La Salle University is closely monitoring the local effects of monkeypox, a communicable disease that is spread most frequently through skin-to-skin contact. The World Health Organization (W.H.O.) and the White House recently declared public health emergencies in response to rising monkeypox cases globally and domestically.
Here is more information on the monkeypox virus:
Monkeypox is a virus in the same family as the variola virus, the virus that causes smallpox. Its symptoms are similar to smallpox, but monkeypox is less severe and rarely fatal. More information is available from the CDC.
In late July, the World Health Organization (W.H.O.) declared the global monkeypox outbreak “a public health emergency of international concern.”
According to the CDC, monkeypox spreads most often through close, personal, and skin-to-skin contact, including:
People who do not have monkeypox symptoms cannot spread the virus to others.
Signs or symptoms consistent with monkeypox can include:
It usually takes seven to 14 days from the time of infection for a person to start feeling symptoms of the disease, but the incubation period can also range from five to 21 days.
Within one to three days after the appearance of fever, a rash will typically develop, often beginning on the face and then spreading to other parts of the body. The rash will eventually dry up, scab up, and fall off. Symptoms typically last two to four weeks.
Monkeypox can be diagnosed using either a blood test or a sample topically taken from erupted skin rash or lesions. Testing typically requires 48-72 hours to be processed and have results reported. Individuals who test positive for Monkeypox virus should discuss options for symptomatic treatment with his/her healthcare provider.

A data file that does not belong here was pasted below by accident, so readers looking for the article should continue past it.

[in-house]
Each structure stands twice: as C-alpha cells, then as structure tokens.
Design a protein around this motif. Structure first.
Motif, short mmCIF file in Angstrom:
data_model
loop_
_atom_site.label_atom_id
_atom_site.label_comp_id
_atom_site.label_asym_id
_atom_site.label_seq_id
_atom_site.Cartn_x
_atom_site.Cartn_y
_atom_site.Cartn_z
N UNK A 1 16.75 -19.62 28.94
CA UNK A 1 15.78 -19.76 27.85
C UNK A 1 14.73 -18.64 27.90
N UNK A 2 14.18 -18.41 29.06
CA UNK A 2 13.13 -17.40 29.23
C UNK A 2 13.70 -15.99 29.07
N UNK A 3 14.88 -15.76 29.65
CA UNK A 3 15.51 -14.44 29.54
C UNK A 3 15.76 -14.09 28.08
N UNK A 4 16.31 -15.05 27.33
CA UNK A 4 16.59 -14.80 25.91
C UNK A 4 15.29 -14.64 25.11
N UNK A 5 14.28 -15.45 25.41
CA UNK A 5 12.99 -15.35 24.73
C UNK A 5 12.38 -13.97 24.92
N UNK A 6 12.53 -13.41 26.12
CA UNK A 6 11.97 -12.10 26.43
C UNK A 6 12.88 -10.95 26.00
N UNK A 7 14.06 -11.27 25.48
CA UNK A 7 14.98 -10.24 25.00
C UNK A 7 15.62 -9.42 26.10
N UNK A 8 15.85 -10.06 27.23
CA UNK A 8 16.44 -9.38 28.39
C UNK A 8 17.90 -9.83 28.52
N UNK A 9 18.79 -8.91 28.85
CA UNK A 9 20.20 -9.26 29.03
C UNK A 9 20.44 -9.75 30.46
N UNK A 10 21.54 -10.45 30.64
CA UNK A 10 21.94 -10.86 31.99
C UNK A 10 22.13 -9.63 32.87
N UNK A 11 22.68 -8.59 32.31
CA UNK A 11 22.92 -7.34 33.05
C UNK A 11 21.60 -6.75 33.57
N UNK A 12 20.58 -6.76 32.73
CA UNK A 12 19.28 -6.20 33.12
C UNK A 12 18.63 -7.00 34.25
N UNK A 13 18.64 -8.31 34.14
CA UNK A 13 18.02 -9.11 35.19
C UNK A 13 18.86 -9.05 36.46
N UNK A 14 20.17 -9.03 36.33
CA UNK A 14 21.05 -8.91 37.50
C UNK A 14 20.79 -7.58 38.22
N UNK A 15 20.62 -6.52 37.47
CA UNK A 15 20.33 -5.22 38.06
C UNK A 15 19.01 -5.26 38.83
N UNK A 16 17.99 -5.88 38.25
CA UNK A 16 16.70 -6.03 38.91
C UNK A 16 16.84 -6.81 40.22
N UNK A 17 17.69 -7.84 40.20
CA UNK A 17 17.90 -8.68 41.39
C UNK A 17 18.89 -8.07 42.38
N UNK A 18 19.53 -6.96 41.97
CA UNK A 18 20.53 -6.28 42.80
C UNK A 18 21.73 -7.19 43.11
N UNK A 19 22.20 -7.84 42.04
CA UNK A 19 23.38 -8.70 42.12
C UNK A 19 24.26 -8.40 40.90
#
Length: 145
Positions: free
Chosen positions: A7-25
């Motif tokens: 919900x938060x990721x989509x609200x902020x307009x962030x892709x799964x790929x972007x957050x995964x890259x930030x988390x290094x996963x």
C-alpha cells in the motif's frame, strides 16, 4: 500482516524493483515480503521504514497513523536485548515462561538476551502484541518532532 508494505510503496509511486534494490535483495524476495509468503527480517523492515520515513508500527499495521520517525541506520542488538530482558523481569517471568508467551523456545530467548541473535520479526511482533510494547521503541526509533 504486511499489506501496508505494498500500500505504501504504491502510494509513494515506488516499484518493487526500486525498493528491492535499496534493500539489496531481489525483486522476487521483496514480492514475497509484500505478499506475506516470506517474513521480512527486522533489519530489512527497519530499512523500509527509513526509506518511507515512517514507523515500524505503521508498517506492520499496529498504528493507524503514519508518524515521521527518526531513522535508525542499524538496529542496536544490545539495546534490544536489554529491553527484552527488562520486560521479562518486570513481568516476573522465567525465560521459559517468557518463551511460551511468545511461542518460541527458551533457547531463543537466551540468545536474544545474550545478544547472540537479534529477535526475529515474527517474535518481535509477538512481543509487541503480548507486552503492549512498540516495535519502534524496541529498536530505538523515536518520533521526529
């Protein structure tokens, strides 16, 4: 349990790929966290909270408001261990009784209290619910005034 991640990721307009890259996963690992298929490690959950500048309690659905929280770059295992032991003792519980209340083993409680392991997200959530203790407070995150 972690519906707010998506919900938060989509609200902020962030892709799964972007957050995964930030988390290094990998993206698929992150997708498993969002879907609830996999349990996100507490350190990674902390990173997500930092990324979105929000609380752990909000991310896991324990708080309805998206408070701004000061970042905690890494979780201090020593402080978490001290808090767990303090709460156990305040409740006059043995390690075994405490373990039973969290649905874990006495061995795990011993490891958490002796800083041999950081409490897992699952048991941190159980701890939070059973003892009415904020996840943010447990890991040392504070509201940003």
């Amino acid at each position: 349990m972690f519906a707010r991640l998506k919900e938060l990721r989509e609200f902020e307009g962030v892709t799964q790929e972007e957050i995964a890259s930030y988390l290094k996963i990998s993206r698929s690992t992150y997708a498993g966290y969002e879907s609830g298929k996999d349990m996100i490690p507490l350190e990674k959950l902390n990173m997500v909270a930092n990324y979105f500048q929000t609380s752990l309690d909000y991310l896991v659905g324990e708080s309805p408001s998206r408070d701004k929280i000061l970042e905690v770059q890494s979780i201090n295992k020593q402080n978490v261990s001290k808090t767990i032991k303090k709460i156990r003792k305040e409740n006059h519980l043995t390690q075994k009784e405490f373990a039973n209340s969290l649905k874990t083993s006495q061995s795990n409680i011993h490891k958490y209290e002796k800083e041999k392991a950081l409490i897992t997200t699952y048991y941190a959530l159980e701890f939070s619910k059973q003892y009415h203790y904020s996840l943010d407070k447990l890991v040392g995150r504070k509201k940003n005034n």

If a person has symptoms of monkeypox, they should call their regular healthcare provider immediately. If they don’t have a healthcare provider, visit https://findahealthcenter.hrsa.gov to find a public health clinic or visit an urgent care facility.
CDC guidance, issued in early August, recommends that people with monkeypox remain in isolation for the full duration of their illness, which could last between two and four weeks.
The CDC says most people with monkeypox in the current global outbreak generally report having close, sustained physical contact with other people who have monkeypox. Anyone who has been in close contact with someone who has monkeypox can contract the virus, and should therefore take steps to protect themselves.
Monkeypox has a very low mortality rate for most people, according to the CDC. Infections with the type of monkeypox virus identified in the current global outbreak — the West African type — are rarely fatal. Although symptoms can be painful and permanent scarring may result from the rash, more than 99% of people who get this form of the disease are likely to survive.
The preferred vaccine to protect against monkeypox is JYNNEOS, which is a two-dose vaccine. It takes 14 days after getting the second dose of JYNNEOS for its immune protection to reach its maximum.
According to the Philadelphia Department of Public Health (PDPH), demand for the vaccine exceeds available supply. PDPH offers information on national and local distribution of the monkeypox vaccine through its website. There, you also can review a local vaccine dose distribution chart.
Pennsylvania residents can call 1-877-PA-HEALTH for the most current information on availability and vaccination sites.
The CDC offers these prevention tips:
Review the CDC’s suggestions for safer sex and social gathering practices.
The La Salle Student Health Center is available to answer questions and to assist in guiding access to available resources. Located on the first floor of St. Benilde Tower, the Student Health Center can be reached by phone (215-951-1565) or email (StudentHealth@lasalle.edu).
The World Health Organization (W.H.O.) and the U.S. Centers for Disease Control and Prevention (CDC) have prepared monkeypox fact sheets that provide additional information. Locally, the Pennsylvania Department of Health also offers more info.